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Tennis and Golfers Elbow

Tennis and golfers elbow are both conditions affecting tendons in the elbow. Pathology can occur in tendons where they become thickened, inflamed and weak. This is called a tendinopathy and can occur in various areas in the body. Common areas for tendon problems to occur are the elbow, the rotator cuff of the shoulder and the Achilles tendon in the ankle. Two forms of tendinopathy occur in the elbow; tennis elbow, which results in pain on the outside of the elbow, and golfers elbow, which causes pain on the inside. The correct medical terms are lateral epicondylitis and medial epicondylitis respectively.

Tennis elbow effects the tendons of the extensor muscles of the wrist. These muscles function to lift the wrist back and turn the hand palm up. Golfers elbow effects the flexor muscles of the wrist that function to bend the wrist forwards and turn the hand palm down

Cause of Tennis and Golfers Elbow

Tendons are bands of fibrous tissue that connect muscle to bone. During everyday arm movements strain, or load, is placed on these tendons. This is normal and keeps the tendons healthy and strong.  If too much load (tendon overload) is placed on the tendons a tendinopathy can develop. Tendon overload can occur as the result of an injury, such as a fall or direct blow to the elbow. In this case, pain may begin quite suddenly. It is, however, more commonly the result of repetitive strain with symptoms beginning gradually and worsening over time.

Playing tennis or golf can cause these conditions but they are not exclusively triggered by these sports. Tendon overload, or repetitive strain, can occur as the result of any repeated activities that involves bending or twisting of the wrist and gripping. For example DIY or typing. These activities are more likely to trigger a tendinopathy if this is unaccustomed activity. Symptoms may develop during the activity or over the following days

It is also important to note that certain risk factors have been identified that mean you are more likely to develop tendon problems. These include smoking, alcohol consumption and a poor diet.

Symptoms of Tennis Elbow and Golfers Elbow

Pain is normally localised to the bony lump on the outer elbow in tennis elbow and to a bony lump on the inner elbow in golfers elbow. In both conditions pain can extend down the forearm. This pain is produced when pressure is applied to the outside or inside of the elbow. Once a tendinopathy has developed activities that involve extension or flexion of the wrist, as well as gripping or twisting, can reproduce pain. Some examples include opening a jar or a door and gripping a screw driver or steering wheel. Additionally, lifting a heavy object such as a kettle can be painful. Weakness on lifting and gripping is also a feature of this condition.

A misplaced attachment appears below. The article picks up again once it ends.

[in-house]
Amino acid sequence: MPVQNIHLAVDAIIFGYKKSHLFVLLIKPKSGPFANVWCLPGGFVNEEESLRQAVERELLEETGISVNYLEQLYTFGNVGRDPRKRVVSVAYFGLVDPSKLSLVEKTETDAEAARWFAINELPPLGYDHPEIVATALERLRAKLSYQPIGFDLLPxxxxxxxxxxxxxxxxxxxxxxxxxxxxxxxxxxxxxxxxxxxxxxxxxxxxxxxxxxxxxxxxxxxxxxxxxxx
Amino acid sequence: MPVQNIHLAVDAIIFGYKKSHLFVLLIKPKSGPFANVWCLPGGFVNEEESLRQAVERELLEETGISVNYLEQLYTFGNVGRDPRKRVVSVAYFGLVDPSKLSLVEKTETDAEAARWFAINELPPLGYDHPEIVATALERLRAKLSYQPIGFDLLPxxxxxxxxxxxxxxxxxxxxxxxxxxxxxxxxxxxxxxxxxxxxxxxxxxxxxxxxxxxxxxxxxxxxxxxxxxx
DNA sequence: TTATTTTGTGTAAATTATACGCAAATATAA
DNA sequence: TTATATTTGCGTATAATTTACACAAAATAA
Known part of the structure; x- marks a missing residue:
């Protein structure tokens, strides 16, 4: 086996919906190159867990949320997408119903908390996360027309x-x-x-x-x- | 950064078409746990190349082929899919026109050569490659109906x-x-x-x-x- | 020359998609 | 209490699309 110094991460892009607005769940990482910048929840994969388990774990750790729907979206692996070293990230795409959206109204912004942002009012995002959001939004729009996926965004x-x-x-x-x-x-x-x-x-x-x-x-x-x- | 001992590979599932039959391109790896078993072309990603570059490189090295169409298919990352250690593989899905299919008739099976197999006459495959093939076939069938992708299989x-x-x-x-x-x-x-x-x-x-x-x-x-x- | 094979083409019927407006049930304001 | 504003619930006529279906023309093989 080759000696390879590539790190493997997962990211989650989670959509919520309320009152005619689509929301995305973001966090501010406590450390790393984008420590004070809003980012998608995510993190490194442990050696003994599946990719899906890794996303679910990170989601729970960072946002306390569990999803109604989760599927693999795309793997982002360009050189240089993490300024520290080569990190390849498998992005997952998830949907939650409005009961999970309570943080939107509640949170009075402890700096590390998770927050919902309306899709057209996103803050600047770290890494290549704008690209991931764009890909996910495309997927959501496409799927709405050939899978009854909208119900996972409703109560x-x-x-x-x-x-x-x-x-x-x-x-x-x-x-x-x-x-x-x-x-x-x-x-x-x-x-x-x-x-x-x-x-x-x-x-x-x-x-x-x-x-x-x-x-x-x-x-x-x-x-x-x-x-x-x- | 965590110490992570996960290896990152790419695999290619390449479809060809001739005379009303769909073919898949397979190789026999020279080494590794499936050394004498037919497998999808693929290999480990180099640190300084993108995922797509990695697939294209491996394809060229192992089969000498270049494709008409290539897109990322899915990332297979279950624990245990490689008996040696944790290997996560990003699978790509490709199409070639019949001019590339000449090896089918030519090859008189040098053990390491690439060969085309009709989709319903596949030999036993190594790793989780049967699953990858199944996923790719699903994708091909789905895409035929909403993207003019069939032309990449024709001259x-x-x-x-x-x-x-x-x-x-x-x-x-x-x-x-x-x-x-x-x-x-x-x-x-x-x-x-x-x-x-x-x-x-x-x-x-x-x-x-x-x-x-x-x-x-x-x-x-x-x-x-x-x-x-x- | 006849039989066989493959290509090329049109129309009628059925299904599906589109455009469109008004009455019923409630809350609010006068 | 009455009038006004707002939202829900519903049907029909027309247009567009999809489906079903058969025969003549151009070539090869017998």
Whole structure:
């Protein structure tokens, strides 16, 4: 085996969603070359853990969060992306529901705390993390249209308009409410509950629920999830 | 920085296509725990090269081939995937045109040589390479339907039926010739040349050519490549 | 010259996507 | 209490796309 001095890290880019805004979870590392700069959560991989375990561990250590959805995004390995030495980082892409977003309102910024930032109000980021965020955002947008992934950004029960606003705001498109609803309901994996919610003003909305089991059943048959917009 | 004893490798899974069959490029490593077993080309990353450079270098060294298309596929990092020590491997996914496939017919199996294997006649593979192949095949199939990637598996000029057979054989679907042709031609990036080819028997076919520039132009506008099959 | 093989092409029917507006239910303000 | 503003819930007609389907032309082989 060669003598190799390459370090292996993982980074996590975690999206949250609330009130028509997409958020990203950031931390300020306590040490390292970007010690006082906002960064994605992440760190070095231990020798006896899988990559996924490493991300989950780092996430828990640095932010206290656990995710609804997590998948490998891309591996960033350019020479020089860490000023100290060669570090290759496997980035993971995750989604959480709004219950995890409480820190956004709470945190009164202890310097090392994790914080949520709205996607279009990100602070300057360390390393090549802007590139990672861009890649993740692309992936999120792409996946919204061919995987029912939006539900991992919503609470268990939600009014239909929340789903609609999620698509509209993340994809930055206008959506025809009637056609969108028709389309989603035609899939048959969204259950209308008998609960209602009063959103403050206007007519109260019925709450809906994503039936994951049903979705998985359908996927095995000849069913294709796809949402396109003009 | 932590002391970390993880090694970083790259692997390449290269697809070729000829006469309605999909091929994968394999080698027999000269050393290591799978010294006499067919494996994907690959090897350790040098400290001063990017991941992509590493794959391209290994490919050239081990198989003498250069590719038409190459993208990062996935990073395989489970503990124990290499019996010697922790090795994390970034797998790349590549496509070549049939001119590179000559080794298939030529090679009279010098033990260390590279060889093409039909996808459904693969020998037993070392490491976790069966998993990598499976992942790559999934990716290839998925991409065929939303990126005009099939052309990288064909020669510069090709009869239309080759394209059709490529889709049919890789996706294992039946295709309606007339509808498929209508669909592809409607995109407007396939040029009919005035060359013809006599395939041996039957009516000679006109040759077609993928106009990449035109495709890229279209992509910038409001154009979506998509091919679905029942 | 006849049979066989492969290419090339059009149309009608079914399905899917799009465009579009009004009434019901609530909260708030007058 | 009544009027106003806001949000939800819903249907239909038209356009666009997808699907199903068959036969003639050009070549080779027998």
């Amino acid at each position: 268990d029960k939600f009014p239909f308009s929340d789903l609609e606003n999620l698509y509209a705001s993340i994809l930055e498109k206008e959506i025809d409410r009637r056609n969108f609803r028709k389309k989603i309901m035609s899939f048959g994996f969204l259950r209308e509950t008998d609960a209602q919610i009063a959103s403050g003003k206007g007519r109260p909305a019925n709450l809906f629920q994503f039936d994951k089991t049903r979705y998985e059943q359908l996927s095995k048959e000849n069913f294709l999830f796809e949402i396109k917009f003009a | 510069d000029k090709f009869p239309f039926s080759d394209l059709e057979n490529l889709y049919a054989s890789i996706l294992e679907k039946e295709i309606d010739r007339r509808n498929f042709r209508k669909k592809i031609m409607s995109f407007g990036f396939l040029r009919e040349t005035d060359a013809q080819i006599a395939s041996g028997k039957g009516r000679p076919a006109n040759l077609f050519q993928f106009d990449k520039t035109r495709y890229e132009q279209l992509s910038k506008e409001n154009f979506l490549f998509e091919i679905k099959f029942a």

Resting from aggravating activities is important, particularly in the early stages. This is not always an easy thing to do due work, home life commitments and hobbies. We will assess this and advise ways in which you can modify activities to try and prevent further aggravation.

Pain killers

The short term use of simple pain killers, such as paracetamol or anti inflammatories, can be useful in the management of this pain. Always take as recommended on the box and seek advice from your doctor or pharmacist first if you are taking other medication.


An elbow clasp can be worn below the elbow during painful activities to help reduce stress on the tendons.



Research has shown that physiotherapy is often successful in treating tennis and golfers elbow. This involves a specific exercise program to target the elbow tendons. The main aim is to restore strength of the tendon so it can cope with everyday strains and higher loads in sports. This treatment can take between 3 and 6 months to fully resolve symptoms. At Yorkshire Physiotherapy we have experience of guiding patients through this treatment. We will provide you with a program tailored this to your individual needs whilst identifying and correcting the possible causes to reduce the risk of reoccurrence. Manual therapy techniques, such as joint mobilisations, may also be useful for pain relief and for improving movement.


Steroid Injections:  These have been used to treat both tennis and golfers elbow in the past when rest, pain relief and exercise has been unsuccessful. The latest clinical research, however, has shown that although these injections result in short term improvement in pain they may cause the condition to last longer and increase the risk of it reoccurring. Based on recent studies, experts in this field now conclude there is no role for steroid injections in the management of tennis elbow. 

PRP Injections: Platlet Rich Plasma is another type of injection which some studies have shown to be more effective than steroid. If your symptoms are not improving as expected and you wish to consider this we can refer you to an orthopaedic consultant.


For some people, the symptoms of tennis or golfers elbow can persist despite rest, pain killers and physiotherapy.  In these cases a surgical procedure may be appropriate, however, this is a last resort and in most cases surgeons would not offer this until the above management options have been tried. If your symptoms don’t improve as expected, and you wish to consider surgical options, we can refer you to a specialist orthopaedic surgeon.

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